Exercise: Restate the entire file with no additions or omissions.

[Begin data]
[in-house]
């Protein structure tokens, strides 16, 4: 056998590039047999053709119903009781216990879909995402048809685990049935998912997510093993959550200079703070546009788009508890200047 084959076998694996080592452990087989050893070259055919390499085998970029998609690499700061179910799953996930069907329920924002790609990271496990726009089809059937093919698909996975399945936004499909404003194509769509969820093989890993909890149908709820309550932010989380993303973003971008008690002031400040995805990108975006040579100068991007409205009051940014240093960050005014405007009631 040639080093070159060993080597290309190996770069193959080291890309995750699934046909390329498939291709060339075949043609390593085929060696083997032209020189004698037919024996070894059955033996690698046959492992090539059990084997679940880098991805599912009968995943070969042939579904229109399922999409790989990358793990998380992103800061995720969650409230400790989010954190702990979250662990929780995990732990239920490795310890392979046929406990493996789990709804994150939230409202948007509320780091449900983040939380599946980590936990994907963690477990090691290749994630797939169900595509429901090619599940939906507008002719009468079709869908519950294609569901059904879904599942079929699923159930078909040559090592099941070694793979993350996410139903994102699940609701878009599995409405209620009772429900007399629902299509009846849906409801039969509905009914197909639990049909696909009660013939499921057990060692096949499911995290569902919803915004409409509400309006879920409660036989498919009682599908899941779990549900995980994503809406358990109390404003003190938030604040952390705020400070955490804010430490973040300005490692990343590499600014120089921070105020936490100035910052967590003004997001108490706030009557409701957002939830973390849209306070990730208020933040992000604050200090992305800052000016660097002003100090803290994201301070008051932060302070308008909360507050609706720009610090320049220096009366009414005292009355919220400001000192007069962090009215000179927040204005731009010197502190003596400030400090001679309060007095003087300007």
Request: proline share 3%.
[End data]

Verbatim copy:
[in-house]
């Protein structure tokens, strides 16, 4: 056998590039047999053709119903009781216990879909995402048809685990049935998912997510093993959550200079703070546009788009508890200047 084959076998694996080592452990087989050893070259055919390499085998970029998609690499700061179910799953996930069907329920924002790609990271496990726009089809059937093919698909996975399945936004499909404003194509769509969820093989890993909890149908709820309550932010989380993303973003971008008690002031400040995805990108975006040579100068991007409205009051940014240093960050005014405007009631 040639080093070159060993080597290309190996770069193959080291890309995750699934046909390329498939291709060339075949043609390593085929060696083997032209020189004698037919024996070894059955033996690698046959492992090539059990084997679940880098991805599912009968995943070969042939579904229109399922999409790989990358793990998380992103800061995720969650409230400790989010954190702990979250662990929780995990732990239920490795310890392979046929406990493996789990709804994150939230409202948007509320780091449900983040939380599946980590936990994907963690477990090691290749994630797939169900595509429901090619599940939906507008002719009468079709869908519950294609569901059904879904599942079929699923159930078909040559090592099941070694793979993350996410139903994102699940609701878009599995409405209620009772429900007399629902299509009846849906409801039969509905009914197909639990049909696909009660013939499921057990060692096949499911995290569902919803915004409409509400309006879920409660036989498919009682599908899941779990549900995980994503809406358990109390404003003190938030604040952390705020400070955490804010430490973040300005490692990343590499600014120089921070105020936490100035910052967590003004997001108490706030009557409701957002939830973390849209306070990730208020933040992000604050200090992305800052000016660097002003100090803290994201301070008051932060302070308008909360507050609706720009610090320049220096009366009414005292009355919220400001000192007069962090009215000179927040204005731009010197502190003596400030400090001679309060007095003087300007």
Request: proline share 3%.